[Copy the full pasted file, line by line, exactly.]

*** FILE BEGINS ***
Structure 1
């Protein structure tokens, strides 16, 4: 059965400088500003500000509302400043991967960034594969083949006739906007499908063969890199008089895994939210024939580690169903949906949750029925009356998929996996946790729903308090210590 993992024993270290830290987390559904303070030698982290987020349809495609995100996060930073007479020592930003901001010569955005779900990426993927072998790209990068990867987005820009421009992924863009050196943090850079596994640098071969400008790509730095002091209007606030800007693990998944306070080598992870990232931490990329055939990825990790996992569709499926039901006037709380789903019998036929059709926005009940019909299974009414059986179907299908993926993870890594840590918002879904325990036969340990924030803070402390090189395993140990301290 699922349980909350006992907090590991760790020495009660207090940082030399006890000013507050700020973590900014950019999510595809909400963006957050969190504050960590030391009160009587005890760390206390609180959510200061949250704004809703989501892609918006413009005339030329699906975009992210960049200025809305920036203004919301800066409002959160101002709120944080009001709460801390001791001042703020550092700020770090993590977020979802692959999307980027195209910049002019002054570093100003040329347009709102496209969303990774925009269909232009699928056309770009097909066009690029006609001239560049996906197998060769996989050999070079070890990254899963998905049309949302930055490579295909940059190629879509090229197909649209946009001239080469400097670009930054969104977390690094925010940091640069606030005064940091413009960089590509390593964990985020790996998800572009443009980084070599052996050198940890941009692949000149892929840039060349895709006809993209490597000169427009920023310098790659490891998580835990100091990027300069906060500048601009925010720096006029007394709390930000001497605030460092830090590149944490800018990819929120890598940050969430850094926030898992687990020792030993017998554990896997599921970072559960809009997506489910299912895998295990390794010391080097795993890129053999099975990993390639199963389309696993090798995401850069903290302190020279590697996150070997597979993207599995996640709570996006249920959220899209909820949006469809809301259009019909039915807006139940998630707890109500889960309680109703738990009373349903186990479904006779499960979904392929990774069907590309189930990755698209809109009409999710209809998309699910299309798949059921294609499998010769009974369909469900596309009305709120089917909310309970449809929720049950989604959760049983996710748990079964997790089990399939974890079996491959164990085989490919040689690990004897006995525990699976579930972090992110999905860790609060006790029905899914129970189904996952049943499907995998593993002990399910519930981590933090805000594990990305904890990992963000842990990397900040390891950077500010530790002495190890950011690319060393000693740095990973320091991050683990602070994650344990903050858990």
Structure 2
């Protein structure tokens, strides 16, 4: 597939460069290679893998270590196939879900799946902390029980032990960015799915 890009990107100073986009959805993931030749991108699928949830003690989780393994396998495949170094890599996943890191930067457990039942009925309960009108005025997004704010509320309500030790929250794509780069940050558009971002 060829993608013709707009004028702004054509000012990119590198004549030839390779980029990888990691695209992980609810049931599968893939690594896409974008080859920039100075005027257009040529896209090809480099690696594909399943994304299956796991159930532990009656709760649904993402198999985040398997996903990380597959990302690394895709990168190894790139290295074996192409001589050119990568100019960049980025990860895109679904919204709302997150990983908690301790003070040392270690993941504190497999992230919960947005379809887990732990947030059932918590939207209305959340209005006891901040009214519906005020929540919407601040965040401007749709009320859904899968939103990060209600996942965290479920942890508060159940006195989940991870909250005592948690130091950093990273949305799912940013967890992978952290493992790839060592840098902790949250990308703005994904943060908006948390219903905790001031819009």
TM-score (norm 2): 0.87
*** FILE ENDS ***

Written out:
Structure 1
């Protein structure tokens, strides 16, 4: 059965400088500003500000509302400043991967960034594969083949006739906007499908063969890199008089895994939210024939580690169903949906949750029925009356998929996996946790729903308090210590 993992024993270290830290987390559904303070030698982290987020349809495609995100996060930073007479020592930003901001010569955005779900990426993927072998790209990068990867987005820009421009992924863009050196943090850079596994640098071969400008790509730095002091209007606030800007693990998944306070080598992870990232931490990329055939990825990790996992569709499926039901006037709380789903019998036929059709926005009940019909299974009414059986179907299908993926993870890594840590918002879904325990036969340990924030803070402390090189395993140990301290 699922349980909350006992907090590991760790020495009660207090940082030399006890000013507050700020973590900014950019999510595809909400963006957050969190504050960590030391009160009587005890760390206390609180959510200061949250704004809703989501892609918006413009005339030329699906975009992210960049200025809305920036203004919301800066409002959160101002709120944080009001709460801390001791001042703020550092700020770090993590977020979802692959999307980027195209910049002019002054570093100003040329347009709102496209969303990774925009269909232009699928056309770009097909066009690029006609001239560049996906197998060769996989050999070079070890990254899963998905049309949302930055490579295909940059190629879509090229197909649209946009001239080469400097670009930054969104977390690094925010940091640069606030005064940091413009960089590509390593964990985020790996998800572009443009980084070599052996050198940890941009692949000149892929840039060349895709006809993209490597000169427009920023310098790659490891998580835990100091990027300069906060500048601009925010720096006029007394709390930000001497605030460092830090590149944490800018990819929120890598940050969430850094926030898992687990020792030993017998554990896997599921970072559960809009997506489910299912895998295990390794010391080097795993890129053999099975990993390639199963389309696993090798995401850069903290302190020279590697996150070997597979993207599995996640709570996006249920959220899209909820949006469809809301259009019909039915807006139940998630707890109500889960309680109703738990009373349903186990479904006779499960979904392929990774069907590309189930990755698209809109009409999710209809998309699910299309798949059921294609499998010769009974369909469900596309009305709120089917909310309970449809929720049950989604959760049983996710748990079964997790089990399939974890079996491959164990085989490919040689690990004897006995525990699976579930972090992110999905860790609060006790029905899914129970189904996952049943499907995998593993002990399910519930981590933090805000594990990305904890990992963000842990990397900040390891950077500010530790002495190890950011690319060393000693740095990973320091991050683990602070994650344990903050858990």
Structure 2
């Protein structure tokens, strides 16, 4: 597939460069290679893998270590196939879900799946902390029980032990960015799915 890009990107100073986009959805993931030749991108699928949830003690989780393994396998495949170094890599996943890191930067457990039942009925309960009108005025997004704010509320309500030790929250794509780069940050558009971002 060829993608013709707009004028702004054509000012990119590198004549030839390779980029990888990691695209992980609810049931599968893939690594896409974008080859920039100075005027257009040529896209090809480099690696594909399943994304299956796991159930532990009656709760649904993402198999985040398997996903990380597959990302690394895709990168190894790139290295074996192409001589050119990568100019960049980025990860895109679904919204709302997150990983908690301790003070040392270690993941504190497999992230919960947005379809887990732990947030059932918590939207209305959340209005006891901040009214519906005020929540919407601040965040401007749709009320859904899968939103990060209600996942965290479920942890508060159940006195989940991870909250005592948690130091950093990273949305799912940013967890992978952290493992790839060592840098902790949250990308703005994904943060908006948390219903905790001031819009």
TM-score (norm 2): 0.87